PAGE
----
Looking abroad to grow small businesses after Brexit

The potential impact of Brexit for the UK’s businesses, both large and small, has been written about and agonised over for some months now, despite a lack of clarity about what exactly leaving the European Union will look like when it comes to pass.

Will the UK remain in the customs union? How will EU citizens be permitted to travel to and from the UK? And how can the nation’s businesses maintain their strong links with suppliers, clients and customers in the mainland?

These are just a few of the questions that still need to be answered. But, according to new data published this month, the majority of the country’s SMEs are planning to explore new markets beyond the EU – and most are expecting decent rewards for doing so.

The latest instalment of the Global Trade Barometer, which quizzes 1,000 SMEs, one in four are aiming to export to a new country in the next quarter – an increase on figures recorded last year.

The survey also discovered that 30 per cent of small organisations described their feelings about future growth as “positive”, an increase of 5 per cent. Far from the doom and gloom promised by so many other commentators around Brexit, smaller organisations are looking for the bright side, it appears.

Indeed, for those that are already trading internationally, business is booming. Thanks to a stalling pound, exporters are finding it easier to make their goods available to companies abroad: according to the survey, the average SME made £48,000 of overseas transfers in just the first quarter of 2018, an increase of 5 per cent on last year.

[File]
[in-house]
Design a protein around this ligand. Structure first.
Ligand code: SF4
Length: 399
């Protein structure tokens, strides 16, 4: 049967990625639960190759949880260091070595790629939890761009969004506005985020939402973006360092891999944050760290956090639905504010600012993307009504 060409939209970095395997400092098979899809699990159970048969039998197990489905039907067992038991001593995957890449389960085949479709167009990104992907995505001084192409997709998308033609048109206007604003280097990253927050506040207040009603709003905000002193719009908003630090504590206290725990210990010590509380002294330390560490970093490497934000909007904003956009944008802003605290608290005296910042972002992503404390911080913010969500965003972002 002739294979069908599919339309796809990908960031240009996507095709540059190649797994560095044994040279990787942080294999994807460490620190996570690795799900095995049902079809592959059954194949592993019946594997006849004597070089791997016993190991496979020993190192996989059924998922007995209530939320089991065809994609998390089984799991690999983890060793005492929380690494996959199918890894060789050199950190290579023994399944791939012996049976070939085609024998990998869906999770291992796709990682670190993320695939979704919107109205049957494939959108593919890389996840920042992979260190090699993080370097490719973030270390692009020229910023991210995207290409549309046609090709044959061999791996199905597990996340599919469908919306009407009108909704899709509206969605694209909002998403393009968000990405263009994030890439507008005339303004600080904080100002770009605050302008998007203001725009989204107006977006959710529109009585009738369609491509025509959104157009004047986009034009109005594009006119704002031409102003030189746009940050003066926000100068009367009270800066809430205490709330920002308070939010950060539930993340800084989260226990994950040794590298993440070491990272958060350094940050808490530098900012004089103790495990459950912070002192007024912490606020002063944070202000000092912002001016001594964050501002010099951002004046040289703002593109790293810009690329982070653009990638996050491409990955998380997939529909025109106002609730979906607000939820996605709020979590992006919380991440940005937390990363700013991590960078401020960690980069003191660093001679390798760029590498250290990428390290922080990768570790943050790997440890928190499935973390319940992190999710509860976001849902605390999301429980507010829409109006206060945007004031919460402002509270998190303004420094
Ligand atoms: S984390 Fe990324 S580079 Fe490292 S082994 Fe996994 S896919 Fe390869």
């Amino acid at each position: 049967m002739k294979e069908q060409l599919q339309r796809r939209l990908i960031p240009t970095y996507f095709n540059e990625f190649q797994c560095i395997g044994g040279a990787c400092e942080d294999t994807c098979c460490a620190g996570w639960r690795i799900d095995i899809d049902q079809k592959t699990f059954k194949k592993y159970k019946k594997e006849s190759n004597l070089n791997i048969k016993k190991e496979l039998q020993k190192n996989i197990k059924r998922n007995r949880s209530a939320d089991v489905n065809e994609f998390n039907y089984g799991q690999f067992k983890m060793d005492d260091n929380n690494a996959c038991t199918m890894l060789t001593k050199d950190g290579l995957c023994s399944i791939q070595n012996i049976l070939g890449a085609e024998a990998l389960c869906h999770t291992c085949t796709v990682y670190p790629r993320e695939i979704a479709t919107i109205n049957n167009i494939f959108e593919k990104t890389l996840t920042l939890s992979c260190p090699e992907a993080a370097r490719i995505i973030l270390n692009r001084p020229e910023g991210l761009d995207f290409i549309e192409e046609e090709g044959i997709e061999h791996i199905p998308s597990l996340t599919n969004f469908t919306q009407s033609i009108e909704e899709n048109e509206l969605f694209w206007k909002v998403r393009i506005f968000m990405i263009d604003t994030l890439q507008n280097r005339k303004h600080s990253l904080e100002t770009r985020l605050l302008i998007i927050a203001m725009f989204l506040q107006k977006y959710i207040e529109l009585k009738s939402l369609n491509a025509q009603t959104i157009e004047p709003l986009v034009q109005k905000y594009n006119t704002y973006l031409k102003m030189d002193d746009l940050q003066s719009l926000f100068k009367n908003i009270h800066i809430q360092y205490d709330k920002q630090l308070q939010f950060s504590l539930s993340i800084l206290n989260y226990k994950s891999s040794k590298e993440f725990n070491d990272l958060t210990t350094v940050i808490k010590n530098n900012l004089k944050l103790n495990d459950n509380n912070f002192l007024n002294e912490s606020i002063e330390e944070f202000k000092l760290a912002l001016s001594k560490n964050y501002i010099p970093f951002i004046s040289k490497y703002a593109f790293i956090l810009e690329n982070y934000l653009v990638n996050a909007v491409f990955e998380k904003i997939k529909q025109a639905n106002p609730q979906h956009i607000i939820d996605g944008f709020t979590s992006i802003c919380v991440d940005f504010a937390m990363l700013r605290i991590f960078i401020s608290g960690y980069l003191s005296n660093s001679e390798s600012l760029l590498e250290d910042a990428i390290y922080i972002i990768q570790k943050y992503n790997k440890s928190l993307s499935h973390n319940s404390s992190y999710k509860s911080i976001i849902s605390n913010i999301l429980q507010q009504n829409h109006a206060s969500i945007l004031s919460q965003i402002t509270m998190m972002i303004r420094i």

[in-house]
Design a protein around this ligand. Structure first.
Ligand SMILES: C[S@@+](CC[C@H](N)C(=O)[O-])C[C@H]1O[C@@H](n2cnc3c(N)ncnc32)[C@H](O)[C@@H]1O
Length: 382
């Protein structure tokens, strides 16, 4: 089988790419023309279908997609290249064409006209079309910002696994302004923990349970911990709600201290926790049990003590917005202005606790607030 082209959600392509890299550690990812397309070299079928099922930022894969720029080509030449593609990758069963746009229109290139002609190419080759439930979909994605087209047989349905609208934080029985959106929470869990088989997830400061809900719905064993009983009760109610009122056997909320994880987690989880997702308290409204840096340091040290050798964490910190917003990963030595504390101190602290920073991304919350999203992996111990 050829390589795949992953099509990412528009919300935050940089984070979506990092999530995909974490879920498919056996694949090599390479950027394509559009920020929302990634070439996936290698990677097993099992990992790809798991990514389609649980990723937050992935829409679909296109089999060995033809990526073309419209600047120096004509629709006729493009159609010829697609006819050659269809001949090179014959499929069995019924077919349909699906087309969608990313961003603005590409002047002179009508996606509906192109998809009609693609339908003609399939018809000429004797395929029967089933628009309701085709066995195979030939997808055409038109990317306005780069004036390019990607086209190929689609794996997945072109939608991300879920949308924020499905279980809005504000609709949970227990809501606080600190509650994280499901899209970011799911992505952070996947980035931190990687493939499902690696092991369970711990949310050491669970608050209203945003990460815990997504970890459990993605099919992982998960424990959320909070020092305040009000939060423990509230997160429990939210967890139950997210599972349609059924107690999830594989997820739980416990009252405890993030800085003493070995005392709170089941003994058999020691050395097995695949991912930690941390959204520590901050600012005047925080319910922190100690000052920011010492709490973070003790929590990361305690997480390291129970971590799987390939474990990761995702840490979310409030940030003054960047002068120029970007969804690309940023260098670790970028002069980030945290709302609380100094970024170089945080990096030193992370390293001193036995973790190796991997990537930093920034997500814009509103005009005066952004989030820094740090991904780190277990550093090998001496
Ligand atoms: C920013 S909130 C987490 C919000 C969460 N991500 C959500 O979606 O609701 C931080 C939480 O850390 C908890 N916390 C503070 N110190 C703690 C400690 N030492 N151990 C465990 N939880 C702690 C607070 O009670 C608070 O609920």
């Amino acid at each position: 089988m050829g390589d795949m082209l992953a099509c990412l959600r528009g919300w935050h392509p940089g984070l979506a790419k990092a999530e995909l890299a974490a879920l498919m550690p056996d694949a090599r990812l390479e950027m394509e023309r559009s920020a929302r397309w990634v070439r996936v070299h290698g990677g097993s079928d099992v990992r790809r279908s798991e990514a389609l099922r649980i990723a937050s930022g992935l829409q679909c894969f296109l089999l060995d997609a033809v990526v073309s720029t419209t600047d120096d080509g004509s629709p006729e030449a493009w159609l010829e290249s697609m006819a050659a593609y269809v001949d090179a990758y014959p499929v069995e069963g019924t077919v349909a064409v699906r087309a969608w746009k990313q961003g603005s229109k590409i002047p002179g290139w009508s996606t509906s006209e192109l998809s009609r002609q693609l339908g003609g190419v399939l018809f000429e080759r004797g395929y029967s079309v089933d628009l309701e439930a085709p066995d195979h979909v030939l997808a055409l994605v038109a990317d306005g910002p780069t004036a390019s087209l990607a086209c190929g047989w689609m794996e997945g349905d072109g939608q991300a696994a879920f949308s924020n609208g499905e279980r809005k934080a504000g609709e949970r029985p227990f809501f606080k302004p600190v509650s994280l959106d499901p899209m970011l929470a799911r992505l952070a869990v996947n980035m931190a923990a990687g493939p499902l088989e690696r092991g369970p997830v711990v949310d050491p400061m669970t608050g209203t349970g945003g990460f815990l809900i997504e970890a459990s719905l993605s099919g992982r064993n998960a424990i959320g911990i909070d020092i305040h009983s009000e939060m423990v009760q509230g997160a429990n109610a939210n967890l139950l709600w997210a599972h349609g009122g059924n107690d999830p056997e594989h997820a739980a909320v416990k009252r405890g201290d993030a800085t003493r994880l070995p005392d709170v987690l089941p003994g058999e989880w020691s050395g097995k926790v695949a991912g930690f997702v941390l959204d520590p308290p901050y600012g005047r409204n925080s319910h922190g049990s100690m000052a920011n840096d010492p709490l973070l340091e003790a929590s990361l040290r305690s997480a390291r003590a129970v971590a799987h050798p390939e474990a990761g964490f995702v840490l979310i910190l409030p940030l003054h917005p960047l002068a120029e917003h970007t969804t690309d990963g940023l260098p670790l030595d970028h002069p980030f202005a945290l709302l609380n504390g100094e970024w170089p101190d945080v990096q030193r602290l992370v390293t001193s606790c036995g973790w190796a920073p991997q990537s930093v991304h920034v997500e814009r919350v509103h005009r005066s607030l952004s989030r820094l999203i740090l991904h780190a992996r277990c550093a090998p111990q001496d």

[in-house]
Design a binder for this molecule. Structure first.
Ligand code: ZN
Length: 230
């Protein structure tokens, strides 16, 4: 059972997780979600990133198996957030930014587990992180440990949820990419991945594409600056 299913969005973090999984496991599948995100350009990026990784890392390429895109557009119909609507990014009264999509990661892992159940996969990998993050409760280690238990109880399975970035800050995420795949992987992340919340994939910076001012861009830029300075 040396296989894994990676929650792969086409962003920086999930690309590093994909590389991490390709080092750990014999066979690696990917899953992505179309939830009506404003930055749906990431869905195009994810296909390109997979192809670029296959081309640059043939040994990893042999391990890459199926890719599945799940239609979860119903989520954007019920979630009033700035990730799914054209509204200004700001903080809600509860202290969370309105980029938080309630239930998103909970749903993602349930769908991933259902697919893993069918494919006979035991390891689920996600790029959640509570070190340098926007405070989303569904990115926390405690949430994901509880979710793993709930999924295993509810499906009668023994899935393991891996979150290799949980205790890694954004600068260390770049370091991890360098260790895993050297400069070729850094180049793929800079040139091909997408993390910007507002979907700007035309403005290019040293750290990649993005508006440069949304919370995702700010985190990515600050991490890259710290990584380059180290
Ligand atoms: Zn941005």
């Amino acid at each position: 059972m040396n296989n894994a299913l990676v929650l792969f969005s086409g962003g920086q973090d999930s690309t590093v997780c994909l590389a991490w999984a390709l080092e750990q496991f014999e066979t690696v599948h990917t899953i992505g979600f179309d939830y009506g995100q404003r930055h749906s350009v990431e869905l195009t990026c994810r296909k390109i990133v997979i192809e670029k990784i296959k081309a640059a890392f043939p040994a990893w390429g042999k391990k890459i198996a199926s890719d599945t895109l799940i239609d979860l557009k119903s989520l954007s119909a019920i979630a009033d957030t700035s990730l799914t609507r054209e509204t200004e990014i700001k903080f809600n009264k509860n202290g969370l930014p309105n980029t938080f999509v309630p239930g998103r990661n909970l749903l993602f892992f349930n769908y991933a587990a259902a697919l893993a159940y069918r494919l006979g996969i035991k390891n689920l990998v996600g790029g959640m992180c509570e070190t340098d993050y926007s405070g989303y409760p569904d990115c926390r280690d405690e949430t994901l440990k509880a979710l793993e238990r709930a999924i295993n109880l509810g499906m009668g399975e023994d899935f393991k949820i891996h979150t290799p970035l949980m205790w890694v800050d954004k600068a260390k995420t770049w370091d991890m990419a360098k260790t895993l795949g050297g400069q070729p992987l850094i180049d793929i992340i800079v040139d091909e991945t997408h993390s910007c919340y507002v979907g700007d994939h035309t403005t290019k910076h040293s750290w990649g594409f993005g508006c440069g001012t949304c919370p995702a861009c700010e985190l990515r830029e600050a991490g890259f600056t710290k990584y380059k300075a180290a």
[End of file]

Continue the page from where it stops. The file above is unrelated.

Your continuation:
In fact, of the ten markets that saw the largest growth in payments from UK SMEs in that period, seven are outside of the EU: Turkey, Norway, Morocco, Singapore, Russia, Indonesia and the UAE.

In order to capitalise on the new opportunities afforded outside of the EU, many smaller businesses are exploring alternative ways of doing business, the survey also found. Switching from traditional banks to specialist fintech providers, adopting worldwide business practices and diversifying their business offerings are all ways identified by those surveyed.

As Jeremy Cook, chief economist at WorldFirst, which produces the survey, said: “These SMEs will be our global exporting pioneers post-Brexit and it is vital that the Government and wider industry does all they can to support them.

“This could mean anything from facilitating connections between UK small businesses and foreign counterparts, to offering advice and training on how to do business and communicate with international trading partners.”

As a buyer or seller of small businesses, this information is crucial. A company that is distressed or experiencing a different downturn could be reinvigorated with a new market or territory to explore.

A prospective acquisition may suddenly open up new doors for growth that are not immediately obvious, such as connections in a fast-growing, non-EU territory, or regulatory approval in a specific country, that could make it a prime target for significant growth.

By the same token, be aware of those selling businesses with exporting potential and ensure that the opportunity being made available to you is of value or interest. What comes with doing business internationally is also a need to protect your organisation against restrictive regulations, currency fluctuations and similar volatile events.

In the end, the UK’s businesses are certainly going to look beyond the EU when they aim to expand and once Brexit has taken place. Just make sure your own company or acquisition is ready to do the same.